booze had ben in the car or on its
driver. Consequently, he said, no
charge was tiled againBt the man.
Oregon City, Or., July 5. Rus
sell Hecker, convicted Saturday of
first degree murder for killing
Frank Bowker, was sentenced to
hang Friday September 22. Cir
cuit Judge Campbell in imposing
sentence delivered a lecture to the
youthful defendant, who had ad
mitted on the stand that be killed
Bowker April 16 while they were
on a trip to buy 15 cases of whisky.
Slater, Mo., July 5. (By Asso
ciated Press.) Striking shop men
here have seized the Chicago &
Alton railroad shops, driven out
non-union men brought in to work
and are holding tbe shops this
Eighteen men were driven from
the shops today. Yesterday 25
were driven out. Union officials
said the non-union men were
placed on trains and sent from
the town. Other reports -declared
that the non-union men were
merely taken from the shops and
that they left town voluntarily.
Sheriff John Logsdown is on his
way here from Marshall, Mo., the
county seat.
Alton officials said that three
guards employed by the railroad
at the shops had been arrested by
local authorities and placed In jail
and that their property was with
out protection of any sort. -
By paying the Phez company
the difference between the market
price and the contract price on all
berries Involved in a lawsuit over
an alleged breach of contract dur
ing 1919-1920 by July 1, the
members of the Salem Fruit Union
and all berry growers Involved In
the litigation will save themselves
at least $50,000, according to W.
H. Trlndle, one of the attorneys
for the Phez company.
The case whjch has been in
court for the last three years, was
decided In the lower court In fav
or Of the growers but was taken to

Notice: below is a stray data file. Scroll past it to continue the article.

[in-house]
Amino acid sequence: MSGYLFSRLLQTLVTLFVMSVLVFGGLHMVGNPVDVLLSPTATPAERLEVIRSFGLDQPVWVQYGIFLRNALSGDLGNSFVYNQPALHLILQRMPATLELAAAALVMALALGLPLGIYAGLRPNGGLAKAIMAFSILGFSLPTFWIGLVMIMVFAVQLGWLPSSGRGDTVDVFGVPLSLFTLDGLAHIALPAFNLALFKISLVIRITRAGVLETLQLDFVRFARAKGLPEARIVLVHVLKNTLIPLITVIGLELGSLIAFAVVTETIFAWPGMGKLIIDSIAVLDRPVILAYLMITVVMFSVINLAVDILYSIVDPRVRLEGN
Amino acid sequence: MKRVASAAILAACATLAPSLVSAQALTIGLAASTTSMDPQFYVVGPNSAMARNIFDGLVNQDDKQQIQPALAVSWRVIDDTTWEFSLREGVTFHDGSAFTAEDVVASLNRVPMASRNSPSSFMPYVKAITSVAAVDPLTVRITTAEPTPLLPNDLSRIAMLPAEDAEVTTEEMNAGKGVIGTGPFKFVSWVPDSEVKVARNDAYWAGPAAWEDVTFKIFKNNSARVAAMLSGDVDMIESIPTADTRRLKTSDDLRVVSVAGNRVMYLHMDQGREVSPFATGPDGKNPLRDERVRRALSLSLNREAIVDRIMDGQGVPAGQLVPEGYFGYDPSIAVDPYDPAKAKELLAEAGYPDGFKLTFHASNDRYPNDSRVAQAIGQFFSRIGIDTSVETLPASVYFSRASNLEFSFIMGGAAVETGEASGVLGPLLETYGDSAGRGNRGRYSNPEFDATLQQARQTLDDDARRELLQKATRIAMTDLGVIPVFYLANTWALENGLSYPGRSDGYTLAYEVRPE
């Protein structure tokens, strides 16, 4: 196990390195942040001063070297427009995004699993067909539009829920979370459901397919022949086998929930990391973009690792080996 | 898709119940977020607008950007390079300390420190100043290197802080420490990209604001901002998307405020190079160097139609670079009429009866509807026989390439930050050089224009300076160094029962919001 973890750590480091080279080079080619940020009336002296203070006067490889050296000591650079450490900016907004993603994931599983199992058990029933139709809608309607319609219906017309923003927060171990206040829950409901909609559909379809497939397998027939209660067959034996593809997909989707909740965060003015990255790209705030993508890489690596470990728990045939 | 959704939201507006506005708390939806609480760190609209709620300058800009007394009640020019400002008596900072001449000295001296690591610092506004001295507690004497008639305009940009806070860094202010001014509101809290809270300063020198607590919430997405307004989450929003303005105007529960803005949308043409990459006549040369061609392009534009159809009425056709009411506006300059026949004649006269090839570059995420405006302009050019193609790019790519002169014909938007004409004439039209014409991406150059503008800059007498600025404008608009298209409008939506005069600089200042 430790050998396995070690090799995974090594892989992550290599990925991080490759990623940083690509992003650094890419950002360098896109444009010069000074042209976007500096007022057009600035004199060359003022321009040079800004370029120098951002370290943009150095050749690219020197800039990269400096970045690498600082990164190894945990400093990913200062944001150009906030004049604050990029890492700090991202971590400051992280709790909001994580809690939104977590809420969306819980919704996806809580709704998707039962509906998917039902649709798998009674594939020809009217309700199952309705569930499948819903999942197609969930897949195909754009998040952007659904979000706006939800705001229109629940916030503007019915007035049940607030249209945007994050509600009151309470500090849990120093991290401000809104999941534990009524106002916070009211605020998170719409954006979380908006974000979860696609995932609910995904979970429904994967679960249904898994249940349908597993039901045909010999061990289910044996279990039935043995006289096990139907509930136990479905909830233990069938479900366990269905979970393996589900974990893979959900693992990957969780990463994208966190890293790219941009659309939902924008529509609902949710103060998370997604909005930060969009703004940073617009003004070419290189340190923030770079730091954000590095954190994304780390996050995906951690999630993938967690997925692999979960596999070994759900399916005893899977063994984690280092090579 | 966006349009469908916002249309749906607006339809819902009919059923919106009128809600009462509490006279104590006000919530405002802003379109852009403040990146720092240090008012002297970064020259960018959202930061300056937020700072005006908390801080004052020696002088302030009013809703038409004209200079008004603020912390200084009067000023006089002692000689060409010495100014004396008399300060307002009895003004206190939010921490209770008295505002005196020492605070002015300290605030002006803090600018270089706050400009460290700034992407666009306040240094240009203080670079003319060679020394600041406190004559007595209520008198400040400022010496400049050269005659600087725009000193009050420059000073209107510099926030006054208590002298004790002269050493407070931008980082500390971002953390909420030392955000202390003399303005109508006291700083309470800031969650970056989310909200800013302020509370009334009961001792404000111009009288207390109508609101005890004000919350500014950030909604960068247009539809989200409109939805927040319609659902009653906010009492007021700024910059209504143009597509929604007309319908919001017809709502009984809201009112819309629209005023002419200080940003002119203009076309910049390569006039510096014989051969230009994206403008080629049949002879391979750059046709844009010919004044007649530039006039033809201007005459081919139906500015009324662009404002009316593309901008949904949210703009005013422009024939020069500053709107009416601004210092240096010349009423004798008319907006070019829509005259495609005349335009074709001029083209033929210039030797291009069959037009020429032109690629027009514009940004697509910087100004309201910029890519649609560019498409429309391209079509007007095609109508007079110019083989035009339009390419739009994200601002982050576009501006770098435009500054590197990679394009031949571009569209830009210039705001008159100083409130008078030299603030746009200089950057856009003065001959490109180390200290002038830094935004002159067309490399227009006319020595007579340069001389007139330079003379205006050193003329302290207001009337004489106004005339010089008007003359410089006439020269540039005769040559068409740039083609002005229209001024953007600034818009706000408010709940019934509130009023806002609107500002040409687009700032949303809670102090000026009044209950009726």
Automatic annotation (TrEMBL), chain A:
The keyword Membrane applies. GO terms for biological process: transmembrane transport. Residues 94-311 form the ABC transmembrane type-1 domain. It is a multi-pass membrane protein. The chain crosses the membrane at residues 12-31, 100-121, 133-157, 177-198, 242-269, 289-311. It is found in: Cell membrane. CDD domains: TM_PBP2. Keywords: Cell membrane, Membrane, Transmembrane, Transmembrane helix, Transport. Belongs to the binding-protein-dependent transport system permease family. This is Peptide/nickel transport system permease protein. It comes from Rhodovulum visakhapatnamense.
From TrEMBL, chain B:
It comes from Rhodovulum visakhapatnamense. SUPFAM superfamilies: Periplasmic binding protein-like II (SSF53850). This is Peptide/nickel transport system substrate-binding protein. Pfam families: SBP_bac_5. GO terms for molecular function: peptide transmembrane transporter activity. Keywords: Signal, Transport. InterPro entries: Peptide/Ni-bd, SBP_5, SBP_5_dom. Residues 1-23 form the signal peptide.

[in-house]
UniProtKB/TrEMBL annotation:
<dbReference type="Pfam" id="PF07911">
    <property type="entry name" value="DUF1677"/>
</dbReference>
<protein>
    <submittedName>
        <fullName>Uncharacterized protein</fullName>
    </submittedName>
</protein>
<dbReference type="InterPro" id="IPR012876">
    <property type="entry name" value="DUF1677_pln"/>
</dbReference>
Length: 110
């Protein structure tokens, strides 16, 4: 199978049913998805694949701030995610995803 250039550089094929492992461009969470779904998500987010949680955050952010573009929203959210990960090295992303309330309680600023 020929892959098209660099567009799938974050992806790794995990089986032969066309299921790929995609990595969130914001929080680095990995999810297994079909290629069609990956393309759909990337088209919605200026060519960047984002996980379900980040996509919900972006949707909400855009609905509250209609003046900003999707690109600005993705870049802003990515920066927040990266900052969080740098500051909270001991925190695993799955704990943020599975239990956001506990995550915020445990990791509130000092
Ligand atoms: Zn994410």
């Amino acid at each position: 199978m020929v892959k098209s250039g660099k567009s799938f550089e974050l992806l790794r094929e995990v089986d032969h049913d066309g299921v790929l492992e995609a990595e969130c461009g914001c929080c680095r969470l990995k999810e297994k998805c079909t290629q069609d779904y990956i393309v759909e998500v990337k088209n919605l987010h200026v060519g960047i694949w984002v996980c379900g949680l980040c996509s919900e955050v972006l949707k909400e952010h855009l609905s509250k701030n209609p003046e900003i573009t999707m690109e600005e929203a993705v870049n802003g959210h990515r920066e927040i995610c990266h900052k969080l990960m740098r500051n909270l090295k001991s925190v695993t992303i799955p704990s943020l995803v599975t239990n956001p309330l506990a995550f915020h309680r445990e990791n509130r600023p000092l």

the supreme court by the plain
tiff where tbe former ruling was
reversed with Instructions to take
an accounting from the union and
the independent berry growers.
Papers which will compel an- ac
counting for all berries grown
during the two year period were
filed In court Monday afternoon.
In effecting the settlement with
the growers who are the defend
ants the Phez company figures
that a saving of about 2 cents per
pound will be made to the grow
ers. L
The Salem band, under the di
rection of Oscar A. Bteelhammer,
will tonight offer a special con
cert for the benefit of Inmates of
the state tuberculosis hospital.
Members of the organization vol
unteered to give the program for
tbe patients.
No announcement of the pro
gram was made by Director Stee
bammer this afternoon. A vocal,
solosist will also be secured for
the evening, be said.
Seven cases were set for hearing
this morning In Department No.
2 of the circuit court while a
greater number were continued
until September. Judge Bingham
announced this morning that there
would perhaps be no court during
The cases set, among which is
the suit of tbe Phez company vs.
the Salem Fruit union, are as fol
lows: July 6, Eastman vs. Helse-
ly: Juiy 7, Alf vs. Alt; July 7.
State Land Board vs. Gay; July 8,
Whitney vs. Whitney; July 8, Lar
son vs. Stlffler; July 8, Tate vs.
Tate; July 10, Phez company vs.
Salem Fruit Union.
Workmen Who Walked
Out in Face of Labor